NVMe + HDD. The NVMe drives will accelerate reads and writes by caching both. Caching reads allows the HDDs to focus on writes. Caching writes absorbs bursts and allows writes to coalesce and be de-staged only as needed, in an artificially serialized manner that maximizes HDD IOPS and IO throughput. This provides NVMe-like write characteristics, and for frequently or recently read data, NVMe-like read characteristics too.
SSD + HDD. Similar to the above, the SSDs will accelerate reads and writes by caching both. This provides SSD-like write characteristics, and SSD-like read characteristics for frequently or recently read data.
There is one additional, rather exotic option: to use drives of all three types.
NVMe + SSD + HDD. With drives of all three types, the NVMe drives cache for both the SSDs and HDDs. The appeal is that you can create volumes on the SSDs, and volumes on the HDDs, side by side in the same cluster, all accelerated by NVMe. The former are exactly as in an "all-flash" deployment, and the latter are exactly as in the "hybrid" deployments described above. This is conceptually like having two pools, with largely independent capacity management, failure and repair cycles, and so on.
We recommend using the SSD tier to place your most performance-sensitive workloads on all-flash.
Option 3 – Maximizing capacity
For workloads that require vast capacity and write infrequently, such as archival, backup targets, data warehouses or "cold" storage, you should combine a few SSDs for caching with many larger HDDs for capacity.
- SSD + HDD. The SSDs will cache reads and writes, to absorb bursts and provide SSD-like write performance, with optimized de-staging later to the HDDs.
Configuration with HDDs only is not supported. High endurance SSDs caching to low endurance SSDs is not advised.
Every server must have at least two cache drives (the minimum required for redundancy). We recommend making the number of capacity drives a multiple of the number of cache drives. For example, if you have 4 cache drives, you will experience more consistent performance with 8 capacity drives (1:2 ratio) than with 7 or 9.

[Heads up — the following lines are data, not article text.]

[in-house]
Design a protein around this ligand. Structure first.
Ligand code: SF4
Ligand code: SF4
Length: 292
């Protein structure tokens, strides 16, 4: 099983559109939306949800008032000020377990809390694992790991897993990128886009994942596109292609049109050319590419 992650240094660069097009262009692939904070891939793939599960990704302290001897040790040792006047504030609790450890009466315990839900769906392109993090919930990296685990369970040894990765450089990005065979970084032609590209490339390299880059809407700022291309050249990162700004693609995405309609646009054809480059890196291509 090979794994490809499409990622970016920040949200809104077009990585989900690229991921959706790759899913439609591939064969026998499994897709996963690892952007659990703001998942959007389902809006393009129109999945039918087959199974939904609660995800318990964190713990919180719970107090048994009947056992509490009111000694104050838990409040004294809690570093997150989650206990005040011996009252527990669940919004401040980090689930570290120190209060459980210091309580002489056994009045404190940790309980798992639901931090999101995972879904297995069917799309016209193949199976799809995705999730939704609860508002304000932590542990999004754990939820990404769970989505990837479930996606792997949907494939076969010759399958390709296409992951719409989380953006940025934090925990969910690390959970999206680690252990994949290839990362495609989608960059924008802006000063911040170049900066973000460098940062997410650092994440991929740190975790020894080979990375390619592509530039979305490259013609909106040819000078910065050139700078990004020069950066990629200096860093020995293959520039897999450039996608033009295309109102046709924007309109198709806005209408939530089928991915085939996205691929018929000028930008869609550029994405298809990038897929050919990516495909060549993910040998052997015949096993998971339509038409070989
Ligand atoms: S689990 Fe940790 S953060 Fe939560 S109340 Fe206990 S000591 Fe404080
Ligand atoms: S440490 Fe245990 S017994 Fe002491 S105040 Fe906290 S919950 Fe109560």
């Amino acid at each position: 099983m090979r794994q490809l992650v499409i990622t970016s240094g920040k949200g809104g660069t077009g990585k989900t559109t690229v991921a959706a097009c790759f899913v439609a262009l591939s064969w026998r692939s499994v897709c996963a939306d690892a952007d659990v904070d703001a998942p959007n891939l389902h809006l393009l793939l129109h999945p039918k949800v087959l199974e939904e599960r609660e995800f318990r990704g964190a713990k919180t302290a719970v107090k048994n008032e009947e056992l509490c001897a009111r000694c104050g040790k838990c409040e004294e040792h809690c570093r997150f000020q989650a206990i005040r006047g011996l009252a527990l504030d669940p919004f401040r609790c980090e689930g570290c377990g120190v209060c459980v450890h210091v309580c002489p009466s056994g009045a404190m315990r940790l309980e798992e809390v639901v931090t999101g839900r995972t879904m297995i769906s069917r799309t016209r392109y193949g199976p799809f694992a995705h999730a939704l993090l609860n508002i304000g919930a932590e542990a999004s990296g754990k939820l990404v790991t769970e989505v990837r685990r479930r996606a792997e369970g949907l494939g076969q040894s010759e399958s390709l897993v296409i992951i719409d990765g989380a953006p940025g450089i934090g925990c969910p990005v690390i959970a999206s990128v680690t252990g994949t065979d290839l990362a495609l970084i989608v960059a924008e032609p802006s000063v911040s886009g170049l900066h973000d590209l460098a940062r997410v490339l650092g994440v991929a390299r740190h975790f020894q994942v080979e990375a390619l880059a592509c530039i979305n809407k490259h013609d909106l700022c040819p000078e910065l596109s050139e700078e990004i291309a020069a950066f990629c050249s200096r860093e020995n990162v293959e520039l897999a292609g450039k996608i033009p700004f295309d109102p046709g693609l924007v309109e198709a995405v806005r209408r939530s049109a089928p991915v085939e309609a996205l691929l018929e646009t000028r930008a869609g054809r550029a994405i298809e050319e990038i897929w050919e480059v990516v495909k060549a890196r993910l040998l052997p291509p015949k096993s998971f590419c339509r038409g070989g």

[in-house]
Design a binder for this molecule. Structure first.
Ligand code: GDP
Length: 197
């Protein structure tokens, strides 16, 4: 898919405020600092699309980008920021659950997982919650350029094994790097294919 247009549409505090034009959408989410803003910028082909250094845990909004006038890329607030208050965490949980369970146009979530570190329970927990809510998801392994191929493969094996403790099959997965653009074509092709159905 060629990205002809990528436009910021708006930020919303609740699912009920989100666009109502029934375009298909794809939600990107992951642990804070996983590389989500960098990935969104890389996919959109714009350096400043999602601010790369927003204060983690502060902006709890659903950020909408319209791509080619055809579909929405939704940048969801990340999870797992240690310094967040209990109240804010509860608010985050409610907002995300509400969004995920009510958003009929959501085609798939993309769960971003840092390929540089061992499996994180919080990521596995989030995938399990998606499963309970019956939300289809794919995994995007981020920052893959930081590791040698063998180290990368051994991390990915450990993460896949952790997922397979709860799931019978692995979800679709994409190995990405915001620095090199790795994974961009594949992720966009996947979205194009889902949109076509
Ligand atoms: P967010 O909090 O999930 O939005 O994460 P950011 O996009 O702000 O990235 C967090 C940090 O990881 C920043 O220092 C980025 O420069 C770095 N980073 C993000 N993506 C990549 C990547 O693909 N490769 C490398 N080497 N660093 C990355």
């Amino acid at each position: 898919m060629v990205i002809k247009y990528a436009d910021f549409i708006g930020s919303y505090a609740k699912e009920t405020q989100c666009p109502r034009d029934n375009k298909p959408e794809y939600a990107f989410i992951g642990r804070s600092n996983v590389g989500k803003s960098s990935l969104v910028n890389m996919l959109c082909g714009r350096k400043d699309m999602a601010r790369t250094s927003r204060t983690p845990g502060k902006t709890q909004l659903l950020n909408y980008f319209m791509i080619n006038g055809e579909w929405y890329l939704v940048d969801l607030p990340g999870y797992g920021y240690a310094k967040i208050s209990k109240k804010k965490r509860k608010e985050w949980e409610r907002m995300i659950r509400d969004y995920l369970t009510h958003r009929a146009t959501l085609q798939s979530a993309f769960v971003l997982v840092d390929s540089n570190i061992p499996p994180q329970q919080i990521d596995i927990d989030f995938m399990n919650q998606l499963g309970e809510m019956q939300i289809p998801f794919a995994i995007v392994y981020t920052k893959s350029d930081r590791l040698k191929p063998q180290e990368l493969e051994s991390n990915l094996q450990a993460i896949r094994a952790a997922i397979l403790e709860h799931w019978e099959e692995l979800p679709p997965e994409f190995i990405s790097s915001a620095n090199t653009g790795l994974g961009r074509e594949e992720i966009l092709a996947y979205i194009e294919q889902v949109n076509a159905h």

The cache should be sized to accommodate the working set of your applications and workloads, that is, all the data they are actively reading and writing at any given time. There is no cache size requirement beyond that. For deployments with HDDs, a fair starting place is 10 percent of capacity – for example, if each server has 4 x 4 TB HDD = 16 TB of capacity, then 2 x 800 GB SSD = 1.6 TB of cache per server. For all-flash deployments, especially with very high endurance SSDs, it may be fair to start closer to 5 percent of capacity – for example, if each server has 24 x 1.2 TB SSD = 28.8 TB of capacity, then 2 x 750 GB NVMe = 1.5 TB of cache per server. You can always add or remove cache drives later to adjust.
We recommend limiting the total storage capacity per server to approximately 400 terabytes (TB). The more storage capacity per server, the longer the time required to resync data after downtime or rebooting, such when applying software updates. The current maximum size per storage pool is 4 petabytes (PB) (4,000 TB) for Windows Server 2019.
For more information, see also: